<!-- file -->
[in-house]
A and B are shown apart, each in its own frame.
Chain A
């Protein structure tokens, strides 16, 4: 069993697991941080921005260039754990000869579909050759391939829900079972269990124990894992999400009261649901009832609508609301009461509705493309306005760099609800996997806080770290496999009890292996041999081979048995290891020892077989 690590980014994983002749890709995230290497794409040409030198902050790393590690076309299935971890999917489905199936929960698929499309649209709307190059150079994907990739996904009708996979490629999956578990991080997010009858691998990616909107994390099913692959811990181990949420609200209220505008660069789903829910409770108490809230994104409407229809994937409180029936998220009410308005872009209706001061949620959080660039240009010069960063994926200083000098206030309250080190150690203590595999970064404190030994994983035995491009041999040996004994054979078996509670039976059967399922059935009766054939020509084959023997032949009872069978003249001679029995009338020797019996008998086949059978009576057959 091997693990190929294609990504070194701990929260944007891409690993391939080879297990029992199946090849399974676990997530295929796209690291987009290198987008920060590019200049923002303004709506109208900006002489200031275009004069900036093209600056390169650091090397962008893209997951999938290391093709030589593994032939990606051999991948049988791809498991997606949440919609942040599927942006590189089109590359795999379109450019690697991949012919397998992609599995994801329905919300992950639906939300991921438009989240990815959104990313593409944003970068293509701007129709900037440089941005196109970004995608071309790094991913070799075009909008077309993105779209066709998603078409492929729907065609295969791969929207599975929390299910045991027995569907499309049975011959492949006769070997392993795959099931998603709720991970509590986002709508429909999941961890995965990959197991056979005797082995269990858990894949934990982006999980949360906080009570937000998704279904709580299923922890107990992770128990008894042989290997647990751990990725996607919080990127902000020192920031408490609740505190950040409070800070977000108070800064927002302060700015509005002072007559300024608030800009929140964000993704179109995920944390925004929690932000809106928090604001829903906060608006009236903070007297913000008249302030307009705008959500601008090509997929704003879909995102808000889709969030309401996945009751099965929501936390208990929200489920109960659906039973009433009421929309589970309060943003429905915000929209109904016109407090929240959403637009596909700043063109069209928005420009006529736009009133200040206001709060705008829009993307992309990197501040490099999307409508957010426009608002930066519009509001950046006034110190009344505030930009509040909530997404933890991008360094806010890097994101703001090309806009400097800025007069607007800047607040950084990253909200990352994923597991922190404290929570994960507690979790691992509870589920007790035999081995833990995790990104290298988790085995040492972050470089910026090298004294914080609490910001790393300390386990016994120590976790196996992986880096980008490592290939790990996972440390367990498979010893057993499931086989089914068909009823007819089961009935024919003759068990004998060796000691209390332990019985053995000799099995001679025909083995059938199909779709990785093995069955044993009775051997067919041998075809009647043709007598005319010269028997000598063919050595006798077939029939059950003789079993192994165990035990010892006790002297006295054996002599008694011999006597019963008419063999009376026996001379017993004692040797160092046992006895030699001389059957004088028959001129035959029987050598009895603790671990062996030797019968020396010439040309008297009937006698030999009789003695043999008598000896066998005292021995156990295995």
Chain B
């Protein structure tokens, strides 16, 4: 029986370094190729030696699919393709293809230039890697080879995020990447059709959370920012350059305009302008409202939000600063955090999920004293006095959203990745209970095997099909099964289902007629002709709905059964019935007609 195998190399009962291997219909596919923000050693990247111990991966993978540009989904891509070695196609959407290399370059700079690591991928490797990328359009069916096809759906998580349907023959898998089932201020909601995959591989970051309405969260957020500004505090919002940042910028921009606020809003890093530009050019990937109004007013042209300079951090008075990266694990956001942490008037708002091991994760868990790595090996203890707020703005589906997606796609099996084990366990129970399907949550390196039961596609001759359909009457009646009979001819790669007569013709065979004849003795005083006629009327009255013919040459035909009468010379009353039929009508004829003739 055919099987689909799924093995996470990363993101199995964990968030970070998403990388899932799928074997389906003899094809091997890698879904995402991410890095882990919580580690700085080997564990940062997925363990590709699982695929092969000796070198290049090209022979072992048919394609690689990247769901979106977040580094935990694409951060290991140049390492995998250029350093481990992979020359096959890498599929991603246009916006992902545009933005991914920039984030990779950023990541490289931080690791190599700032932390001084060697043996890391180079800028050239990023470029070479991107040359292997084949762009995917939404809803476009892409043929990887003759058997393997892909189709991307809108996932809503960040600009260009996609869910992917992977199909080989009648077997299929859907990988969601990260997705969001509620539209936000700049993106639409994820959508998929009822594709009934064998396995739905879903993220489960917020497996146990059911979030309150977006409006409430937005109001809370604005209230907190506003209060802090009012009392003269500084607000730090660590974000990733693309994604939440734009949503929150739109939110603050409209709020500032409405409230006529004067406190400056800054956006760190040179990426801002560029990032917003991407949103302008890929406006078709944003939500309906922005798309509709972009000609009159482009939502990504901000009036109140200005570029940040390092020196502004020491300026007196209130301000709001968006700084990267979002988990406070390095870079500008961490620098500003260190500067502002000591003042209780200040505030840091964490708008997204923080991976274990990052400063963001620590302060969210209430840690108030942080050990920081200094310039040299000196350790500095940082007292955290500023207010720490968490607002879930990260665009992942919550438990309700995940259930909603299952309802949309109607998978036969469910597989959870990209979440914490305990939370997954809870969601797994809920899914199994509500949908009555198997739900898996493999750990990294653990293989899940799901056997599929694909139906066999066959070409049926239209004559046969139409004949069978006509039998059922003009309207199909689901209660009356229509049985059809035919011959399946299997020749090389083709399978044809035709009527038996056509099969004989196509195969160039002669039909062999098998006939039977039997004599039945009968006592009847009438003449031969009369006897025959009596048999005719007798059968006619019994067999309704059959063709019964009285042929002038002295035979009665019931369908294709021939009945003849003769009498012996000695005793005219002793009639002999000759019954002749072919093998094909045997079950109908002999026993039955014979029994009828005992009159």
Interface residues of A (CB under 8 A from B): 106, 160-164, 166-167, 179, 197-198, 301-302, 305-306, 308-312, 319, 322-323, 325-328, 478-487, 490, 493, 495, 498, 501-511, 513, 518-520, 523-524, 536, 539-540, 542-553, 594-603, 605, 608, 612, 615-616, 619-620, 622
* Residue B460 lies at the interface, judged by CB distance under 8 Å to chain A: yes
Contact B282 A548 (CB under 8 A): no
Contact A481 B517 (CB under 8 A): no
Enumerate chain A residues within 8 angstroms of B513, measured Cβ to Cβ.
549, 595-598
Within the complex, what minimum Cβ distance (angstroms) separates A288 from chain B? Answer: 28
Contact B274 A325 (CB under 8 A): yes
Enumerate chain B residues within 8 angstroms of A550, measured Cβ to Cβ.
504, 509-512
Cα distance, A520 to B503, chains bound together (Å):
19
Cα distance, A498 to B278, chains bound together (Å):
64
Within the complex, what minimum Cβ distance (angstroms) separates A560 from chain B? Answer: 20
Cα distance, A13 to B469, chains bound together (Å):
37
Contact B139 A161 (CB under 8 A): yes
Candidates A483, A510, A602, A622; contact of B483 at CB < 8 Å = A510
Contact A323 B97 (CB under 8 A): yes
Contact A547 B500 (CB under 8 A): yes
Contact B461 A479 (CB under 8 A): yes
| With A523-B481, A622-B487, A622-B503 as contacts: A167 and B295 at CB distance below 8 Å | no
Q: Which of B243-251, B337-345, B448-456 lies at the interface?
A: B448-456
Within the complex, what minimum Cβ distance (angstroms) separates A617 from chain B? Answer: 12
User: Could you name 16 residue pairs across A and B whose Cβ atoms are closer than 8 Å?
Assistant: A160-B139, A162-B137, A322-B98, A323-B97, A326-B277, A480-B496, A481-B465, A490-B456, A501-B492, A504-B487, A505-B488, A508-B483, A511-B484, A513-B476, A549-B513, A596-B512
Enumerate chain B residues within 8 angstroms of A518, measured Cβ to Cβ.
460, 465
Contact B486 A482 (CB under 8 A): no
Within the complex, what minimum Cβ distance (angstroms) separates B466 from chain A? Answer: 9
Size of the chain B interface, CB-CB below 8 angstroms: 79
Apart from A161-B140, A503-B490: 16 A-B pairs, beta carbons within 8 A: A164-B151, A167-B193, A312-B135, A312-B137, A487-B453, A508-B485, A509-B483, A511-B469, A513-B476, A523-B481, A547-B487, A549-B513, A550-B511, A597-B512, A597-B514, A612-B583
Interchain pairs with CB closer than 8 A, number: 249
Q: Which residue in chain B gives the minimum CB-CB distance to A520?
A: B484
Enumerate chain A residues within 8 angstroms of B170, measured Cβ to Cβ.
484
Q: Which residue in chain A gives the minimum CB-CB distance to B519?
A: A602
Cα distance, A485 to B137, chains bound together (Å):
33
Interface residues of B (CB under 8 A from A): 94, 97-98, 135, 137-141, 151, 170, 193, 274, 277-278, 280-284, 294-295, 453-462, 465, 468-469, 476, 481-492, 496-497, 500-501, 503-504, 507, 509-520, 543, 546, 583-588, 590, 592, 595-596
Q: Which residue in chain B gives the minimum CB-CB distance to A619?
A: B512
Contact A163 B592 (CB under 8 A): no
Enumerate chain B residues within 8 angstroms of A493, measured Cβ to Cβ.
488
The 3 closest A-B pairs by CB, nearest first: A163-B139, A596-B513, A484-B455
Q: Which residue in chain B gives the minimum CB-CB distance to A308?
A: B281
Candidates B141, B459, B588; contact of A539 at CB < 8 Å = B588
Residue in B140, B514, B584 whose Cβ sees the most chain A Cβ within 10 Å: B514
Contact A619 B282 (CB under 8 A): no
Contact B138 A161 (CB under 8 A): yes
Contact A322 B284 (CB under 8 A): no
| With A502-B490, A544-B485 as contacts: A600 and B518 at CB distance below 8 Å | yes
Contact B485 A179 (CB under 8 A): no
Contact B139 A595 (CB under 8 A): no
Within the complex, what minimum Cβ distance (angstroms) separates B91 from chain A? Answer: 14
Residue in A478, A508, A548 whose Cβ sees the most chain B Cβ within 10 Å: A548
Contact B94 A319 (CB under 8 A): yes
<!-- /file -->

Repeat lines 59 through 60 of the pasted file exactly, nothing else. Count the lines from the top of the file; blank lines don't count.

Candidates B141, B459, B588; contact of A539 at CB < 8 Å = B588
Residue in B140, B514, B584 whose Cβ sees the most chain A Cβ within 10 Å: B514